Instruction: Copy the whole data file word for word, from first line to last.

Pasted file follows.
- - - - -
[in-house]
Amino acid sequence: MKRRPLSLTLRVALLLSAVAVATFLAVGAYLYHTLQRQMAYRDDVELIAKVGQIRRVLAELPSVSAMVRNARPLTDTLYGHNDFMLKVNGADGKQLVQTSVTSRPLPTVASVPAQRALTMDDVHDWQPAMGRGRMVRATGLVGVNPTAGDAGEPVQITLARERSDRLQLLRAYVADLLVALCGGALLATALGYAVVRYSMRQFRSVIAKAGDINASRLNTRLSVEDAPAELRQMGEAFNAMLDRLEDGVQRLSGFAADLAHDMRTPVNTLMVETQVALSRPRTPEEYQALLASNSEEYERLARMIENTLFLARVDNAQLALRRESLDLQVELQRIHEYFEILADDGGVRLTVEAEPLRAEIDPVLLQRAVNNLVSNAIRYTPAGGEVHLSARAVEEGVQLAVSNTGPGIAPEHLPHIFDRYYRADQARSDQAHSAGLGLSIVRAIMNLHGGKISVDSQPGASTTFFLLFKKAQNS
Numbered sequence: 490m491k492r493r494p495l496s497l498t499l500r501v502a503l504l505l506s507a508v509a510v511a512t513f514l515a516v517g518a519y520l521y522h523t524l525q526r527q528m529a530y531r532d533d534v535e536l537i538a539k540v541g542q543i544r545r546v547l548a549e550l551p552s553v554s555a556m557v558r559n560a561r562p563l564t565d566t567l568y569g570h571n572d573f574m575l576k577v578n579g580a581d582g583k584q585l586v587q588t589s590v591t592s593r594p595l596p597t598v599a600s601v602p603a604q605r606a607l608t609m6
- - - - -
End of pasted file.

[in-house]
Amino acid sequence: MKRRPLSLTLRVALLLSAVAVATFLAVGAYLYHTLQRQMAYRDDVELIAKVGQIRRVLAELPSVSAMVRNARPLTDTLYGHNDFMLKVNGADGKQLVQTSVTSRPLPTVASVPAQRALTMDDVHDWQPAMGRGRMVRATGLVGVNPTAGDAGEPVQITLARERSDRLQLLRAYVADLLVALCGGALLATALGYAVVRYSMRQFRSVIAKAGDINASRLNTRLSVEDAPAELRQMGEAFNAMLDRLEDGVQRLSGFAADLAHDMRTPVNTLMVETQVALSRPRTPEEYQALLASNSEEYERLARMIENTLFLARVDNAQLALRRESLDLQVELQRIHEYFEILADDGGVRLTVEAEPLRAEIDPVLLQRAVNNLVSNAIRYTPAGGEVHLSARAVEEGVQLAVSNTGPGIAPEHLPHIFDRYYRADQARSDQAHSAGLGLSIVRAIMNLHGGKISVDSQPGASTTFFLLFKKAQNS
Numbered sequence: 490m491k492r493r494p495l496s497l498t499l500r501v502a503l504l505l506s507a508v509a510v511a512t513f514l515a516v517g518a519y520l521y522h523t524l525q526r527q528m529a530y531r532d533d534v535e536l537i538a539k540v541g542q543i544r545r546v547l548a549e550l551p552s553v554s555a556m557v558r559n560a561r562p563l564t565d566t567l568y569g570h571n572d573f574m575l576k577v578n579g580a581d582g583k584q585l586v587q588t589s590v591t592s593r594p595l596p597t598v599a600s601v602p603a604q605r606a607l608t609m6